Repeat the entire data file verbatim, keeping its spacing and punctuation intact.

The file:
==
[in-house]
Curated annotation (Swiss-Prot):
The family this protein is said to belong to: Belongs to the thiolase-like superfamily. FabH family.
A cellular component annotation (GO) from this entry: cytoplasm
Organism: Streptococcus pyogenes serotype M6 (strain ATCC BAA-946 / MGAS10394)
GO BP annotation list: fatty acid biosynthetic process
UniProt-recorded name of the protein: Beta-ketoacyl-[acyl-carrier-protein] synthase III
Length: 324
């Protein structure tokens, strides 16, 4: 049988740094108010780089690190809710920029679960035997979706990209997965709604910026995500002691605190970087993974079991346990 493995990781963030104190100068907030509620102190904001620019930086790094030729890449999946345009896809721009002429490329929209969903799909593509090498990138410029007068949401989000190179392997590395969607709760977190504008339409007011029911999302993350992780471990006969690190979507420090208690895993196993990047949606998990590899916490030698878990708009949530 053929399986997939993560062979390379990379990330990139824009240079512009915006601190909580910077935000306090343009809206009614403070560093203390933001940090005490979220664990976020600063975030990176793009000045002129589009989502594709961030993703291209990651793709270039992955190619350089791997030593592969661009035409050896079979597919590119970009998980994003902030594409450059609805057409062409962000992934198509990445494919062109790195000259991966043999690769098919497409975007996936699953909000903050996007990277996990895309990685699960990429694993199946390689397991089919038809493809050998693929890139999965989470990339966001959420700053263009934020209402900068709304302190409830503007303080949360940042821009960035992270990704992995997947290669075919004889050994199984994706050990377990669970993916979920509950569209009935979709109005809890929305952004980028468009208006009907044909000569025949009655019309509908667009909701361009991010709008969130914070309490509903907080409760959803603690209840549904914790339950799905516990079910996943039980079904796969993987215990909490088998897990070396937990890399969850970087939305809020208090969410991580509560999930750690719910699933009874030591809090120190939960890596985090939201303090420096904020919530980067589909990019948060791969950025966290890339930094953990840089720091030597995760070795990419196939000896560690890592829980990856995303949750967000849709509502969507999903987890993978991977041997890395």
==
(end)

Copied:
[in-house]
Curated annotation (Swiss-Prot):
The family this protein is said to belong to: Belongs to the thiolase-like superfamily. FabH family.
A cellular component annotation (GO) from this entry: cytoplasm
Organism: Streptococcus pyogenes serotype M6 (strain ATCC BAA-946 / MGAS10394)
GO BP annotation list: fatty acid biosynthetic process
UniProt-recorded name of the protein: Beta-ketoacyl-[acyl-carrier-protein] synthase III
Length: 324
């Protein structure tokens, strides 16, 4: 049988740094108010780089690190809710920029679960035997979706990209997965709604910026995500002691605190970087993974079991346990 493995990781963030104190100068907030509620102190904001620019930086790094030729890449999946345009896809721009002429490329929209969903799909593509090498990138410029007068949401989000190179392997590395969607709760977190504008339409007011029911999302993350992780471990006969690190979507420090208690895993196993990047949606998990590899916490030698878990708009949530 053929399986997939993560062979390379990379990330990139824009240079512009915006601190909580910077935000306090343009809206009614403070560093203390933001940090005490979220664990976020600063975030990176793009000045002129589009989502594709961030993703291209990651793709270039992955190619350089791997030593592969661009035409050896079979597919590119970009998980994003902030594409450059609805057409062409962000992934198509990445494919062109790195000259991966043999690769098919497409975007996936699953909000903050996007990277996990895309990685699960990429694993199946390689397991089919038809493809050998693929890139999965989470990339966001959420700053263009934020209402900068709304302190409830503007303080949360940042821009960035992270990704992995997947290669075919004889050994199984994706050990377990669970993916979920509950569209009935979709109005809890929305952004980028468009208006009907044909000569025949009655019309509908667009909701361009991010709008969130914070309490509903907080409760959803603690209840549904914790339950799905516990079910996943039980079904796969993987215990909490088998897990070396937990890399969850970087939305809020208090969410991580509560999930750690719910699933009874030591809090120190939960890596985090939201303090420096904020919530980067589909990019948060791969950025966290890339930094953990840089720091030597995760070795990419196939000896560690890592829980990856995303949750967000849709509502969507999903987890993978991977041997890395």